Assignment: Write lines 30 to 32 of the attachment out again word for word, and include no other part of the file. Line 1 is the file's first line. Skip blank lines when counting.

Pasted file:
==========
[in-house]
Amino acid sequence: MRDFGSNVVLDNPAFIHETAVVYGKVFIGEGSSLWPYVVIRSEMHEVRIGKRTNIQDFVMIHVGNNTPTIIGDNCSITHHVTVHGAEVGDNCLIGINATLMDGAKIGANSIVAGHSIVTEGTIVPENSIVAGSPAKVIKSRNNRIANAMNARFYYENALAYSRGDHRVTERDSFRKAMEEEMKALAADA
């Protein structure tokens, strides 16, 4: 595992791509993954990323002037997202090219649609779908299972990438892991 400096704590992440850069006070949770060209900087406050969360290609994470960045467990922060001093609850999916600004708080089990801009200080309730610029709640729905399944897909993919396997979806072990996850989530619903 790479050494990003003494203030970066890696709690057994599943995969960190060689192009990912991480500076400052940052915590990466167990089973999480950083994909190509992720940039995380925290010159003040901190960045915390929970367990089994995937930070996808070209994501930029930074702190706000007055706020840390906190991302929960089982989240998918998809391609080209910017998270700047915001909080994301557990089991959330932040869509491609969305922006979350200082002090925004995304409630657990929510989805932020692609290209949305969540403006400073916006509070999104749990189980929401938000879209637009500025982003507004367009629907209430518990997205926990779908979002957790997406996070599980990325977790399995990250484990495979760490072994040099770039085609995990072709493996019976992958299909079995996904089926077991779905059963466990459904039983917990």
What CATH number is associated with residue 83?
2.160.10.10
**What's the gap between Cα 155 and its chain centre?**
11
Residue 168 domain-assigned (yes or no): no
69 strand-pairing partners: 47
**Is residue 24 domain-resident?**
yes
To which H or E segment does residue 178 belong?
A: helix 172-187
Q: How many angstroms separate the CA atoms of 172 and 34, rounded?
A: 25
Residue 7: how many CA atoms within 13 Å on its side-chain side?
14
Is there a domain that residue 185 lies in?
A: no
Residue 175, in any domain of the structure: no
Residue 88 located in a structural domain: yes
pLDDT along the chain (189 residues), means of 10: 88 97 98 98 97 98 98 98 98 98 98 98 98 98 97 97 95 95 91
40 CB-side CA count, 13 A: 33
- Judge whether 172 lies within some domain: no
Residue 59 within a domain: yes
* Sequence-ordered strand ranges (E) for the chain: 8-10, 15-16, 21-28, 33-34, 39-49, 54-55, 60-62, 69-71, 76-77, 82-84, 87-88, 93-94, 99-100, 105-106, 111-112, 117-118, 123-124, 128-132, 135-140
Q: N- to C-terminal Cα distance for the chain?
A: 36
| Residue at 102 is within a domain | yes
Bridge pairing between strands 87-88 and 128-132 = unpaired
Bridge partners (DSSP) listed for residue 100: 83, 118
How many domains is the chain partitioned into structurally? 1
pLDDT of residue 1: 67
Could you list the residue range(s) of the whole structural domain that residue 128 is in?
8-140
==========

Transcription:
Bridge pairing between strands 87-88 and 128-132 = unpaired
Bridge partners (DSSP) listed for residue 100: 83, 118
How many domains is the chain partitioned into structurally? 1